Bethlehem, birthplace of the king

King David was born in Bethlehem, as was his most famous descendant — Jesus.

Jericho was Israel’s first victory in capturing the Promised Land. Its protective walls fell (Joshua 6). It was also where Jesus healed a blind beggar and invited himself to Zacchaeus’ house (Luke 18:35 – 19:10). Jericho was his last stop on his final journey to Jerusalem.

At the start of his ministry, Jesus had faced the tempter in the Judean wilderness. From a high mountain he had been offered all the kingdoms of the world (Matthew 4:1, 8). We can’t be sure where this mountain was, or if it should be understood as a visionary experience. The crucial thing was that Jesus was tempted to collude with evil, but chose a much more difficult path by which he was given “all the kingdoms of the world and their glory” — the path of the cross.

Bethlehem today is in Palestine. Rachel was buried here (Genesis 35:19). But it’s real importance was as the birthplace of King David (1 Samuel 16:1-13). God promised David that his son would always reign (2 Samuel 7:12-16), so all the kings of Judah were descendants of David of Bethlehem.

When Babylon destroyed Jerusalem and cut off the Davidic kingship, the prophets promised a day when God would gather his people back together under the leadership of another “David” (Ezekiel 34:23-24; 37:24-25). Like David, this future king was to be born in Bethlehem (Micah 5:2).

Joseph and Mary were descendants of King David, but they lived in Nazareth. Ironically, the new king of the Jews was born in Bethlehem because the Roman Emperor decreed it. But the birth announcement was made not to the rich and powerful, but to shepherds (Luke 2:1-20).

The Jewish and Roman authorities in Jerusalem knew nothing about this new king. But magi (astrological political advisors) from the countries that had previously oppressed the Jews (Persia/Babylon) came searching for “the king of the Jews.” Herod was shocked, for Rome had given him the title “king of the Jews” in 40 BC. He did what he had to do to protect his title (Matthew 2:1-18). It’s the same thing Pharaoh did when he felt threatened in Moses’ day (Exodus 1:15-22). Jesus’ kingship is threatening to people who want to run the world.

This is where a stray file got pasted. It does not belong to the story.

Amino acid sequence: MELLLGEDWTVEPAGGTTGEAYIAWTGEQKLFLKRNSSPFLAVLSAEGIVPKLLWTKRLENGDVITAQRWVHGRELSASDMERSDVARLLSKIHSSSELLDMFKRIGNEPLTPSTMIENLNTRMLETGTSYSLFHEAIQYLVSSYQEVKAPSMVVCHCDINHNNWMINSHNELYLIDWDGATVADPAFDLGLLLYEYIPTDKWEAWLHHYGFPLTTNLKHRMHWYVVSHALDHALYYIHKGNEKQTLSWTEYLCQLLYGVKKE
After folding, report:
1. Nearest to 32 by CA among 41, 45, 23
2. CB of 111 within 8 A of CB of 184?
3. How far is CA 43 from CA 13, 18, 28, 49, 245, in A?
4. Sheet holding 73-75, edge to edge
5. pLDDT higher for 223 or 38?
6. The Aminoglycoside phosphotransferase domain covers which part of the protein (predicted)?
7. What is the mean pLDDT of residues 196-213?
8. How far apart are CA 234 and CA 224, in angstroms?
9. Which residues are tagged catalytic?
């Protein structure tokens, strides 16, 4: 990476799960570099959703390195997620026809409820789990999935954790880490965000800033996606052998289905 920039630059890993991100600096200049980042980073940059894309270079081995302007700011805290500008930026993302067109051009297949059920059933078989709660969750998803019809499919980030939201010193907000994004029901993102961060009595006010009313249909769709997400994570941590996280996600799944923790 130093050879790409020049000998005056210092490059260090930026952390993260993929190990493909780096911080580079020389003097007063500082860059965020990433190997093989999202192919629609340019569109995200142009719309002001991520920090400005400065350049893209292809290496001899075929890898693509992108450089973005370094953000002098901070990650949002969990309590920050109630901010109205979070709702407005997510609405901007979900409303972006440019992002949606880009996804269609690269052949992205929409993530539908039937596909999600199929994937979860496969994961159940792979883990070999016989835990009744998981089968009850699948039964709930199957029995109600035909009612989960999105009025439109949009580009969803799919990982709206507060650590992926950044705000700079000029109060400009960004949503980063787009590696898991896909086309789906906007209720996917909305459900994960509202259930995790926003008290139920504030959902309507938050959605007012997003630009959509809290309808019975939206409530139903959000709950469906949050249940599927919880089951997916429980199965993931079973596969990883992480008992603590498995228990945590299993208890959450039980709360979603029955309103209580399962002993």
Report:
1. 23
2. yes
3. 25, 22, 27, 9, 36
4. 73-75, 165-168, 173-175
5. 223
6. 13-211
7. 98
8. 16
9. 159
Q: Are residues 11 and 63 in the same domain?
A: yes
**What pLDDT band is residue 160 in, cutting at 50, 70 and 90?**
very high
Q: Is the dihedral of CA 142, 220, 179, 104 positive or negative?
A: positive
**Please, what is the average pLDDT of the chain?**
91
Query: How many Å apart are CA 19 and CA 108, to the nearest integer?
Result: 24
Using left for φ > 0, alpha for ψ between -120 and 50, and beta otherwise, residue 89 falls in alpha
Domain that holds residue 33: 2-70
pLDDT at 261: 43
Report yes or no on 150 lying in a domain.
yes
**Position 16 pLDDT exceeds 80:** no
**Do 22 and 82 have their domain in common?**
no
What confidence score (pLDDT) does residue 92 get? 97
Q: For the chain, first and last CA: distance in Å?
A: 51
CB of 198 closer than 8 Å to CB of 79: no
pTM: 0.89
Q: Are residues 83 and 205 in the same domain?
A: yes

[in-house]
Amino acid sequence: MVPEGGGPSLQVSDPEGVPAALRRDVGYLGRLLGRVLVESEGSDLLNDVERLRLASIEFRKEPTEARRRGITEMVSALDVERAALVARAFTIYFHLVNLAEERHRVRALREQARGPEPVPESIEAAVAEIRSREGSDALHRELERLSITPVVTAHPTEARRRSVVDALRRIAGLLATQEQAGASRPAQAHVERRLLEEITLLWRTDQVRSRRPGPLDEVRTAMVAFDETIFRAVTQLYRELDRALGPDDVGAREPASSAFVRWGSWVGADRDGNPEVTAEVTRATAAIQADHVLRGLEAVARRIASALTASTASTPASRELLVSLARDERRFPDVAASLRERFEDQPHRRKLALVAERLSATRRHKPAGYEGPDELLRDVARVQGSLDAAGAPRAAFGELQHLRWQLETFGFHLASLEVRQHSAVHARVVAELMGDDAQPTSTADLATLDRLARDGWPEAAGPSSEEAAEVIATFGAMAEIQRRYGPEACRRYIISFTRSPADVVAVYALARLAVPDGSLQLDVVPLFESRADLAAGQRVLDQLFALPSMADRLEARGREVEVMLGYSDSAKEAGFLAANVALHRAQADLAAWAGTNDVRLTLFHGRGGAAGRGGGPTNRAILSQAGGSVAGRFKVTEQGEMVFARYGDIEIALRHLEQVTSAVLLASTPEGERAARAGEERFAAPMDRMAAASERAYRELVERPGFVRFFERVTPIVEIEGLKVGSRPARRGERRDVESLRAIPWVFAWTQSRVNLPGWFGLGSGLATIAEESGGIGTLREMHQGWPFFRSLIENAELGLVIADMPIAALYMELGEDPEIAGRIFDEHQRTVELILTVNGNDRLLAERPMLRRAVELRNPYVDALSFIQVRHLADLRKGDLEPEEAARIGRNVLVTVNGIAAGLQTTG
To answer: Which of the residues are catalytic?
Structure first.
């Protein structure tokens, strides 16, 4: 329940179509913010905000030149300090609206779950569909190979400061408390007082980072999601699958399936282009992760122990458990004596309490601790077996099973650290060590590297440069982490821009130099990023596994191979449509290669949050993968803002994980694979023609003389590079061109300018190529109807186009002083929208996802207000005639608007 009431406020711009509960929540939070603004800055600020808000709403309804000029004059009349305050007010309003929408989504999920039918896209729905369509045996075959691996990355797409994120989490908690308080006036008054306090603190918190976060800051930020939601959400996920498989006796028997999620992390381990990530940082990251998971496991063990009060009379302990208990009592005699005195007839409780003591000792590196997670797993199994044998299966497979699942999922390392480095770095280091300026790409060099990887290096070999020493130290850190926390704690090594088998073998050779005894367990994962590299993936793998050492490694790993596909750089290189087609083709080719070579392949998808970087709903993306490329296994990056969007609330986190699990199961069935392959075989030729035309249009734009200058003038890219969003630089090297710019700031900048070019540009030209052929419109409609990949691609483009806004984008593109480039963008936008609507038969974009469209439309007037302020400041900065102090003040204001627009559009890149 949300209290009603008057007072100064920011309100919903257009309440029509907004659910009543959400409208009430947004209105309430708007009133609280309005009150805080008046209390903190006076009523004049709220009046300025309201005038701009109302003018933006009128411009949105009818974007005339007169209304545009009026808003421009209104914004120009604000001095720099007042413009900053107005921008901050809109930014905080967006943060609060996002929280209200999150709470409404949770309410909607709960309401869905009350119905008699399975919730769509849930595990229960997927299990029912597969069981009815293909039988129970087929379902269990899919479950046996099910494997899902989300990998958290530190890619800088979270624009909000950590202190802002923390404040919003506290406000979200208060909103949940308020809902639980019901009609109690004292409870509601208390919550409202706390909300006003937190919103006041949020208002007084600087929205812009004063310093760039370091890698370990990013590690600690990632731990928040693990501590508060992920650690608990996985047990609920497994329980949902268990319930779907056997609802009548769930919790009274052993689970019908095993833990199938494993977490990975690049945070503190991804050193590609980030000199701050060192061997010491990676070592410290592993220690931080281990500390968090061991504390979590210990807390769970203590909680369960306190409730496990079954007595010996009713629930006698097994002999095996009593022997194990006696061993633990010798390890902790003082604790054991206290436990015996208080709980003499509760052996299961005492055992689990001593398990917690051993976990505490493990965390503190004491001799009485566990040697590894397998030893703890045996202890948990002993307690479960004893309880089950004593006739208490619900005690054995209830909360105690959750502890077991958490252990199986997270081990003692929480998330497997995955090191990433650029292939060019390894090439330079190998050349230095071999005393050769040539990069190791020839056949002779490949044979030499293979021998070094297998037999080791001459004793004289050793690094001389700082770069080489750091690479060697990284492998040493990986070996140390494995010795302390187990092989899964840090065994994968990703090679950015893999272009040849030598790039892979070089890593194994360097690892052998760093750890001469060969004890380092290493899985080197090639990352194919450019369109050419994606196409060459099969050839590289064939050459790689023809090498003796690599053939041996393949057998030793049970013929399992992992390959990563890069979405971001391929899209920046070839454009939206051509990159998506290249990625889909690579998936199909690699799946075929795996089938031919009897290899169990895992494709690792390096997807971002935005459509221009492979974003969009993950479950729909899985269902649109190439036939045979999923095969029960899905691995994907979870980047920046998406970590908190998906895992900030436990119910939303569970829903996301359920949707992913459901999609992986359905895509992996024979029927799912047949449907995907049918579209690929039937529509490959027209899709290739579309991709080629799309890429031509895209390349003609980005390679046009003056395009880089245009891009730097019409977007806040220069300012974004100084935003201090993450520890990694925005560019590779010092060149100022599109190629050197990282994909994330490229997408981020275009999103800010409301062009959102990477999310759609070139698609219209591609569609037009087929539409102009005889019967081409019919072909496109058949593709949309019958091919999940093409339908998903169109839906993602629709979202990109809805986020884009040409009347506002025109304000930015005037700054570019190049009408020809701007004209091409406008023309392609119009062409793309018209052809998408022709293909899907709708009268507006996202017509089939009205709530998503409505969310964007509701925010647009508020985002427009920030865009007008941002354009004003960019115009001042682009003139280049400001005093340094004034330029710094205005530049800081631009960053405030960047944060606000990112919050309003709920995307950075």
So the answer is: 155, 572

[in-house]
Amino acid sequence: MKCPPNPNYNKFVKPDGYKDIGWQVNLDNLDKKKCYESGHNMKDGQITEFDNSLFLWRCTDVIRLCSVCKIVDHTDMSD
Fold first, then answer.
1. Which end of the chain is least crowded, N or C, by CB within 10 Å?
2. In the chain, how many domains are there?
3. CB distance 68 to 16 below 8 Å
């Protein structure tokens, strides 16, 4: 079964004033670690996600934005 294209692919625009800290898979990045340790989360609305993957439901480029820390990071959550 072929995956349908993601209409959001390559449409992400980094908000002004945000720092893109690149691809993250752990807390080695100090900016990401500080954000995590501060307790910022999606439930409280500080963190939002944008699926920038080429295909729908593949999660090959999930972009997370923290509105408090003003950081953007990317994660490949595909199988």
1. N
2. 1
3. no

Herod was just as fearful that people would kill him. He built fortresses all over the country to ensure he could escape if the people turned on him. The Herodian is one of those.

Jesus built no such fortresses or palaces. Eventually the rulers of Jerusalem, in collusion with their Roman overlords, arrested and executed Jesus. Once again, the son of David had been killed.

That’s when God stepped in to resurrect the King of the Jews, to give him the authority that had been taken from him. The Gospel of Matthew closes with our sovereign ruler announcing that he has received all authority to reign in heaven and on earth, and commanding the nations to submit to his everlasting kingship (Matthew 28:18-20).

The sons of David were the anointed earthly representatives of the heavenly king (Psalm 2:1-8). The authority of the earth has been given to Jesus, the son of David, the earthly representative of the heavenly king. That’s how Paul summarized the gospel as he began his letter to the believers in Rome:

Romans 1:1-5, my translation
From Paul, slave of King Jesus, his appointee assigned to announce God’s good news, the message he promised through his prophets in the Old Testament about his Son, the physical descendant of David who was named “Son of the divine ruler with power” by the cleansing Spirit when he raised up King Jesus from the dead. Jesus is therefore our ruler, and we’ve received his favour—appointing us to call all the nations into trusting obedience under his authority.

Author: Allen Browne

Seeking to understand Jesus in the terms he chose to describe himself: son of man (his identity), and kingdom of God (his mission). Riverview Church, Perth, Western Australia

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